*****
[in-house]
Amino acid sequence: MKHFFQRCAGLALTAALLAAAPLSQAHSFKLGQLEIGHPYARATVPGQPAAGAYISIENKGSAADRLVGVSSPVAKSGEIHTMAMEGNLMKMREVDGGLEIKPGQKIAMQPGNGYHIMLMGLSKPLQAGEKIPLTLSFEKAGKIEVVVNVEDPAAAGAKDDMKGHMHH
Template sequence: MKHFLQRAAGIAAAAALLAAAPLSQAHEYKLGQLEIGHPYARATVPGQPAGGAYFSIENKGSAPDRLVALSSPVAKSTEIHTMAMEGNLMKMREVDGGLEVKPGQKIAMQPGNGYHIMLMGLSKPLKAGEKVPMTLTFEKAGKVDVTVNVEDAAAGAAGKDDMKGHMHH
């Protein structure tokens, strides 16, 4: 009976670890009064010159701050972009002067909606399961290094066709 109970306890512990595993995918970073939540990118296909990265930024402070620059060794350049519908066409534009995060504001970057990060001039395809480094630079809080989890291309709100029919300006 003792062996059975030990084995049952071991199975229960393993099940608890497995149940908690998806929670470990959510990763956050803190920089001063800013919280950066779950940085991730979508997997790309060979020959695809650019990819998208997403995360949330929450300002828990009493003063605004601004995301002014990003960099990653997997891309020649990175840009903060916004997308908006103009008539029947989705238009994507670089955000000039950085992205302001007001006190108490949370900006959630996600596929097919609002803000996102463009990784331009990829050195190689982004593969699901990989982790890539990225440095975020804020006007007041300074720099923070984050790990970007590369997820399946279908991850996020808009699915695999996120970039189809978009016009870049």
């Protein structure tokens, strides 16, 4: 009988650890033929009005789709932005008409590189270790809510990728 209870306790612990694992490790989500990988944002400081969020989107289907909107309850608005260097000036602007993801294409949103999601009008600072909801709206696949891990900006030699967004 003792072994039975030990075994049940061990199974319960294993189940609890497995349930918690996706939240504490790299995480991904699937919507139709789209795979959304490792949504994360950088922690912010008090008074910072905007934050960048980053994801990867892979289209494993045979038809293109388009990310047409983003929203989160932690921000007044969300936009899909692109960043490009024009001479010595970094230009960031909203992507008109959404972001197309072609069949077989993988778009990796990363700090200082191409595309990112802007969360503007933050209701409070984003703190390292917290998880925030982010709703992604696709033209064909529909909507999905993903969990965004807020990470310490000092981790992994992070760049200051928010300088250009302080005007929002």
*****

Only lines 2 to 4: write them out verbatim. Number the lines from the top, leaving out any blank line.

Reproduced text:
Amino acid sequence: MKHFFQRCAGLALTAALLAAAPLSQAHSFKLGQLEIGHPYARATVPGQPAAGAYISIENKGSAADRLVGVSSPVAKSGEIHTMAMEGNLMKMREVDGGLEIKPGQKIAMQPGNGYHIMLMGLSKPLQAGEKIPLTLSFEKAGKIEVVVNVEDPAAAGAKDDMKGHMHH
Template sequence: MKHFLQRAAGIAAAAALLAAAPLSQAHEYKLGQLEIGHPYARATVPGQPAGGAYFSIENKGSAPDRLVALSSPVAKSTEIHTMAMEGNLMKMREVDGGLEVKPGQKIAMQPGNGYHIMLMGLSKPLKAGEKVPMTLTFEKAGKVDVTVNVEDAAAGAAGKDDMKGHMHH
């Protein structure tokens, strides 16, 4: 009976670890009064010159701050972009002067909606399961290094066709 109970306890512990595993995918970073939540990118296909990265930024402070620059060794350049519908066409534009995060504001970057990060001039395809480094630079809080989890291309709100029919300006 003792062996059975030990084995049952071991199975229960393993099940608890497995149940908690998806929670470990959510990763956050803190920089001063800013919280950066779950940085991730979508997997790309060979020959695809650019990819998208997403995360949330929450300002828990009493003063605004601004995301002014990003960099990653997997891309020649990175840009903060916004997308908006103009008539029947989705238009994507670089955000000039950085992205302001007001006190108490949370900006959630996600596929097919609002803000996102463009990784331009990829050195190689982004593969699901990989982790890539990225440095975020804020006007007041300074720099923070984050790990970007590369997820399946279908991850996020808009699915695999996120970039189809978009016009870049």